The project would have focused on producing cannabis oil in order to “establish Cameroon as a destination for the Agricultural Pharmaceutical industry.” Business plans show that would have required “ethical deforestation” of protected rainforest and “ethical rehoming of wildlife,” which would likely include endangered species such as western lowland gorillas, chimpanzees and leopards.
In some countries — including Chad, Malawi and Gabon — Trade Park piqued the interest of government departments as high up as ministries and presidential offices. The promised benefits for local authorities were typically grandiose.
In Chad, Trade Park claimed that an agricultural zone would, within three years, create 30,000 jobs and generate $357 million in net revenue for the government — which at the time would have been 3.3 percent of the country’s gross domestic product. Trade Park told government officials it could be up and running within a mere 30 days of signing contracts.
There is no indication that the company’s plans for Madagascar, Mozambique, São Tomé and Principe, and Equatorial Guinea came to fruition. And despite some inroads in Chad, Malawi, Gabon and Cape Verde, it appears that the Trade Park project that came closest to becoming operational was in Meyomessala, Cameroon.
The region is at least a four-hour drive from the capital, Yaoundé. It also happens to be the birthplace of President Paul Biya, who has ruled the country since 1982.
“The choice of the locality was not in vain,” noted Jacques Roger Dougueli, Pawar’s employee in Cameroon, in a June 2016 email to her.
Trade Park sold the concept of Meyo AgriPark as a would-be “world class export zone” that would “provide the optimal environment” for foreign investment by companies eager to capitalize on a $500 billion-a-year global agro-pharmaceutical market.
The company promised to create 15,000 jobs within three years and to bring in $300 million of foreign direct investment from companies that would be lured by the zone’s special permission to cultivate cannabis, which is otherwise illegal in Cameroon. It claimed to have received an “exclusive and perpetual government approved license” to grow the crop.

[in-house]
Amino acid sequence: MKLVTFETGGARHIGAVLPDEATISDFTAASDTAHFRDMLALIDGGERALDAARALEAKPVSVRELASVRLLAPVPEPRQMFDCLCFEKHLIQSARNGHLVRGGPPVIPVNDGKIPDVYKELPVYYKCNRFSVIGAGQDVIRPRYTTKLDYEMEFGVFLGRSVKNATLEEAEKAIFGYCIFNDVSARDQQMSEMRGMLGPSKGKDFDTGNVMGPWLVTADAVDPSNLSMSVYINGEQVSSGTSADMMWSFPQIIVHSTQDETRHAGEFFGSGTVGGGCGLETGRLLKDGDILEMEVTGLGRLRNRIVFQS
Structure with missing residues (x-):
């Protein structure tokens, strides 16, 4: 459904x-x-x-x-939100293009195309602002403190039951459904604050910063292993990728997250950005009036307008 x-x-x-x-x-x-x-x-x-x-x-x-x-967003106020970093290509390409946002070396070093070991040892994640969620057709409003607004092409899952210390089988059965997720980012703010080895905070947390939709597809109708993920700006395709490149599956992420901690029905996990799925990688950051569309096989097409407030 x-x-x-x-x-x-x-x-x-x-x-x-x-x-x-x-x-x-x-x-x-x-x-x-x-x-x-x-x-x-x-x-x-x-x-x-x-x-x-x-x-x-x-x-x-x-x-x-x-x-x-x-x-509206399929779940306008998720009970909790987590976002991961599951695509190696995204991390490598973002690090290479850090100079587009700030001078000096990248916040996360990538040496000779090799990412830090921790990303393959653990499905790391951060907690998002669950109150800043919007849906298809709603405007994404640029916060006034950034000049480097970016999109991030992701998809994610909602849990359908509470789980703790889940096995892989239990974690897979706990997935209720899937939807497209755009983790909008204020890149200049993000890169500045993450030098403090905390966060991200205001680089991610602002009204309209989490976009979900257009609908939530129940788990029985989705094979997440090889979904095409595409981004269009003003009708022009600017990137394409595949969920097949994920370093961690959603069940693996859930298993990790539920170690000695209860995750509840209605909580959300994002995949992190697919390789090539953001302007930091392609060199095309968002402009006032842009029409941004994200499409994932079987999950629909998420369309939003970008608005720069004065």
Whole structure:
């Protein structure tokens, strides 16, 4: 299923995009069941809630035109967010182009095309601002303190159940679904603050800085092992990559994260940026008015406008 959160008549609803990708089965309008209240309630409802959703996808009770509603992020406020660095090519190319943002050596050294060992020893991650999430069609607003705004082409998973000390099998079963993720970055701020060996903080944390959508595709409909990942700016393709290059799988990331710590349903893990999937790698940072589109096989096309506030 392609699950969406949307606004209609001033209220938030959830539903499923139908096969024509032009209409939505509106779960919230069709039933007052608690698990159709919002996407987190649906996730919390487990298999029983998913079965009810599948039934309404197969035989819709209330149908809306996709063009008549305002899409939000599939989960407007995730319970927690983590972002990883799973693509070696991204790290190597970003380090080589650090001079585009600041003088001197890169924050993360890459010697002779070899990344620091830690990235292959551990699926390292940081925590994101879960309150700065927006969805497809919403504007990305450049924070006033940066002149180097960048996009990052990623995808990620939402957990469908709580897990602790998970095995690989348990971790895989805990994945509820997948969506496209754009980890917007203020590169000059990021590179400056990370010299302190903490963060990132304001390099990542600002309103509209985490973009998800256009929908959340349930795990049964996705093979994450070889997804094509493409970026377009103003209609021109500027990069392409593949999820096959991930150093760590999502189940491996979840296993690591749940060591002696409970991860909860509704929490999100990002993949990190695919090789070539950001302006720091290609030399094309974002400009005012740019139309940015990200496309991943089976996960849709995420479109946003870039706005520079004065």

An unsigned contract states that the license was obtained with support from Meyomessala Rural Council in collaboration with the Yaoundé-based Institute of Medical Research and Medicinal Plants Studies. Meyomessala Mayor Mebiame Mfou’ou stopped communicating with reporters and did not answer questions about the license.
Trade Park also promised to build an employee healthcare center and an academic institute, plus improve local infrastructure, according to an unsigned contract.
That was welcome news for local impoverished communities. Many roads in the area are only negotiable by motorcycle and people commonly hunt, fish and farm cassava and plantains to survive.
“They told us we were going to make a lot of profit if we started farming medicinal plants to sell to the white man. But the council has gone cold on it,” said one resident, who did not wish to be named, referring to the Meyomessala local government. “We don’t know what to think.”
Located less than 10 km from President Biya’s private compound, the project read like a great deal for the government. It would require no direct funding from the state, relying instead on international investment.
To raise the $50 million she said she needed, Pawar proceeded to court foreign investors with deep pockets. A December 2016 “projects update” includes loose commitments she claimed she got from potential investors including the global accounting firm PwC, the French investment bank Société Général, the African banking conglomerate Ecobank, and Net Oil, a Cameroonian petroleum exporter.
There is no evidence that any of those institutions actually invested, but emails show that some funds did flow into the project. While it’s unclear exactly how much money was spent, the total appears to be in the hundreds of thousands of dollars.
A Kuwaiti businessman bought about $250,000 worth of shares in Trade Park in December 2015 as investment, but later he soured on the project. In a letter demanding a refund, his lawyers claimed he had been misled by the promise of “astoundingly spectacular” returns of $4.3 million in year three, and called the content of a promotional brochure “nothing less than science fiction.”
In an emailed response to questions from reporters, Pawar said the businessman’s “decision to invest was based on his verification of the project and its licences.”
Another businessman from Equatorial Guinea told reporters he transferred CFA 200 million (about $336,000) to the personal bank account of Meyomessala Mayor Mebiame Mfou’ou to pay for the land that had been designated for Meyo AgriPark. George Kaiafas said he sent the money on the understanding it would be distributed to local community — but was still awaiting documentation to prove his ownership.
Kaiafas initially said he would provide journalists with transaction records, but then stopped responding to questions. One 2017 email indicates he paid about $64,000 as a starting investment in the project.
Pawar and her colleagues also spent tens of thousands on the project, according to the leaked documents. Bank statements show she transferred 55,000 euros ($65,450) in two payments to International Business Company in December 2015 and March 2016. That company, which owned half of Trade Park Corporation Cameroon Limited together with Trade Park Corporation, was operated by Dougueli, Trade Park Cameroon’s general manager.